SUNRISE — The opening Stephen Weiss had between the left post and the right foot of Lightning goaltender Dwayne Roloson was small, but it was there.
Somehow, Roloson extended his leg a fraction more to stop the point-blank shot from the Panthers center with 6.3 seconds left in overtime Sunday.
"Great chance; got to put that in," Weiss said.
"I was able to stop and keep my leg there," Roloson said, "I was able to stay with him."
The save was the defining moment of Tampa Bay's 4-3 shootout victory at the BankAtlantic Center in which the Lightning overcame a three-goal, first-period deficit.
Roloson was the reason. He stopped 29 shots, and four more in the shootout, in relief of Mathieu Garon, who was pulled in the first period after allowing three goals on 12 shots.
"Phenomenal," center Dominic Moore said. "The overtime save was beyond amazing; an amazing performance by Roli."
And not a bad one by Tampa Bay (7-5-2), which has won six of eight and overcame two significant injuries in the game, not to mention what coach Guy Boucher called another "disgusting" first period on the road.
Defenseman Victor Hedman sat because of an upper-body injury sustained Friday against Chicago. Ryan Malone left with an upper-body injury sustained when he scored to make it 3-1 with 3:40 left in the second period.
Steven Stamkos' 10th goal, which tied him for the league lead with Toronto's Phil Kessel, made it 3-2 with 2:14 left off Matt Gilroy's slick backhand pass from behind the goal line after his spin-o-rama move at the blue line gained him a lane down the left wing.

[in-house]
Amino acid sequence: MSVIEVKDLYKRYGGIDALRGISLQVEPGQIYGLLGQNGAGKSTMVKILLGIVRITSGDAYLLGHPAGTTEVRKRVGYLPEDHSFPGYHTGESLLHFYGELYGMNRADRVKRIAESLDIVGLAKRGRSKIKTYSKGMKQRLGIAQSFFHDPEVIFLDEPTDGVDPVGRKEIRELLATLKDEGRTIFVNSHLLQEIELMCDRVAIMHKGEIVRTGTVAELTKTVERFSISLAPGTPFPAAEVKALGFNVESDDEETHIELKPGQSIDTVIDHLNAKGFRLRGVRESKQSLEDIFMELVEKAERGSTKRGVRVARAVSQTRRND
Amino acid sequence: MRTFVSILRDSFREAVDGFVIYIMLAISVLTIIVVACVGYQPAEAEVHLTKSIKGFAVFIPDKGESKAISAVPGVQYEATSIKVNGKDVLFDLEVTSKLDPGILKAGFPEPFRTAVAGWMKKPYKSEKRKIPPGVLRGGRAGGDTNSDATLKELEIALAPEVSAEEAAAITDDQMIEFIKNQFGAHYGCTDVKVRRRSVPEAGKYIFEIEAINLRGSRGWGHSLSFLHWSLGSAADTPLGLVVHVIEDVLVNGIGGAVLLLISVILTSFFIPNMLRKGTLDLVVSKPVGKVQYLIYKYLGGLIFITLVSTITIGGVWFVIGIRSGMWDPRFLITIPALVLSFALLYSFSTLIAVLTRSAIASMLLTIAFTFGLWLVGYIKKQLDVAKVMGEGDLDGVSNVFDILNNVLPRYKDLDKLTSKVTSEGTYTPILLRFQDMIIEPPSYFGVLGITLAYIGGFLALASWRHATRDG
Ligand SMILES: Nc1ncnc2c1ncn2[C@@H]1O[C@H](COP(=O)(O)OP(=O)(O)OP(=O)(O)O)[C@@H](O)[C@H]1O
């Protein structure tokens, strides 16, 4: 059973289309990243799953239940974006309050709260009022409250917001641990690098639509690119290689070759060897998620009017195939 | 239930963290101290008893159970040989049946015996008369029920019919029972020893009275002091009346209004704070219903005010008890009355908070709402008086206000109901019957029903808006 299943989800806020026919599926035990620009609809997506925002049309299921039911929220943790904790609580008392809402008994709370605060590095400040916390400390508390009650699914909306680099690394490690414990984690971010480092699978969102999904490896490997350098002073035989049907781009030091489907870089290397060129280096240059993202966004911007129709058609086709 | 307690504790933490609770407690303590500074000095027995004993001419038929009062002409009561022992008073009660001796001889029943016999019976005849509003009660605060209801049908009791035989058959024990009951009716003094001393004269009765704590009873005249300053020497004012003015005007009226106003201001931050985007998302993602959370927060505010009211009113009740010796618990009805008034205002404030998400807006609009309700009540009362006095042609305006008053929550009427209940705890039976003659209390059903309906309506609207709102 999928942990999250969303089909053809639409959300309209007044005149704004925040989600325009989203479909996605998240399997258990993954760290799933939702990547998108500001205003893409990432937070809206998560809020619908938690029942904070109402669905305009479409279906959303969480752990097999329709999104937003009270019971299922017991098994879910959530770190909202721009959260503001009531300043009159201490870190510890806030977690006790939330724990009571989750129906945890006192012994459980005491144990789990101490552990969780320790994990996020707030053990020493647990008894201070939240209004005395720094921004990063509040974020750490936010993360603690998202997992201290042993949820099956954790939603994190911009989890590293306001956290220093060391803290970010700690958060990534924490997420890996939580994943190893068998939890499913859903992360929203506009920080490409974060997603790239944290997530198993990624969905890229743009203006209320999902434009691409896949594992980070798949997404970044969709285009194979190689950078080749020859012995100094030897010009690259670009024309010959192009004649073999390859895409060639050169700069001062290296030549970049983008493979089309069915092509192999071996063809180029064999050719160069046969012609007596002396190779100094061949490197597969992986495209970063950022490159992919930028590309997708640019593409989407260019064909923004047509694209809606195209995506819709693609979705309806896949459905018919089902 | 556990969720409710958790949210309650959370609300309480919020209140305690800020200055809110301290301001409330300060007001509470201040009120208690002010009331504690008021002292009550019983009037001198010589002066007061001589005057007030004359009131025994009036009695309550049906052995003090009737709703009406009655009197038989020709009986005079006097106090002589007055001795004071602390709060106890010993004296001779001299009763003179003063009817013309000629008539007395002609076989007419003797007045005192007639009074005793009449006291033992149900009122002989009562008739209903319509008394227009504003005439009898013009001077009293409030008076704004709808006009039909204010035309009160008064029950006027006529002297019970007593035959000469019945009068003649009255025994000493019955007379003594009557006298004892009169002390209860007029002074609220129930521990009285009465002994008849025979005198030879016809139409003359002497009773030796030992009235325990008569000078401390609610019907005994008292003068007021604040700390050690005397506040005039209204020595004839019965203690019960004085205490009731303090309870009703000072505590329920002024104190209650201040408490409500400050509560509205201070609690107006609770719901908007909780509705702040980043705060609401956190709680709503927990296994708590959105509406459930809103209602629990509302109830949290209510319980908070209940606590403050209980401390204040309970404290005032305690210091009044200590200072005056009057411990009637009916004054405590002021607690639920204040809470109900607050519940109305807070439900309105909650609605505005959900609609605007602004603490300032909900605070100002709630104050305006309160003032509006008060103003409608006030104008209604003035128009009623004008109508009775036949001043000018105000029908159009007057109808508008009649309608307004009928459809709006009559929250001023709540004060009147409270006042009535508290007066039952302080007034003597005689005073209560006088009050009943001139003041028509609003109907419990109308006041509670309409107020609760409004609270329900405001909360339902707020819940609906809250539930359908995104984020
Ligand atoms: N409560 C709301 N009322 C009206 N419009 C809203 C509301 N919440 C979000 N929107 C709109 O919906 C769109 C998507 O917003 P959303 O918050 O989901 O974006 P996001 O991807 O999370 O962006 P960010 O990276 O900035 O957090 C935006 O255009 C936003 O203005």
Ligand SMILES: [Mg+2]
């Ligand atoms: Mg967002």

Teddy Purcell made it 3-3 8:11 into the third period off a scramble, and Moore scored the only goal of the four-round shootout.
"I don't think anybody likes it," Roloson said of coming off the bench. "But you get in that situation, you have to be ready to go."
The Lightning was not ready when the puck dropped and now has been outscored 16-8 in first periods on the road.
Roloson, who is 3-1-0 in five games since his three-game benching with a 1.85 goals-against average and .927 save percentage, helped calm things by making saves and controlling rebounds.
"He's a resilient person," Boucher said. "He felt like he had to bounce back, not for himself but for the team. He needed something very solid."
"Just relax and give your guys a chance to win," Roloson said he reminded himself. "It's a tough thing, but give our guys credit. We stuck with our game plan."
Roloson stuck out his leg.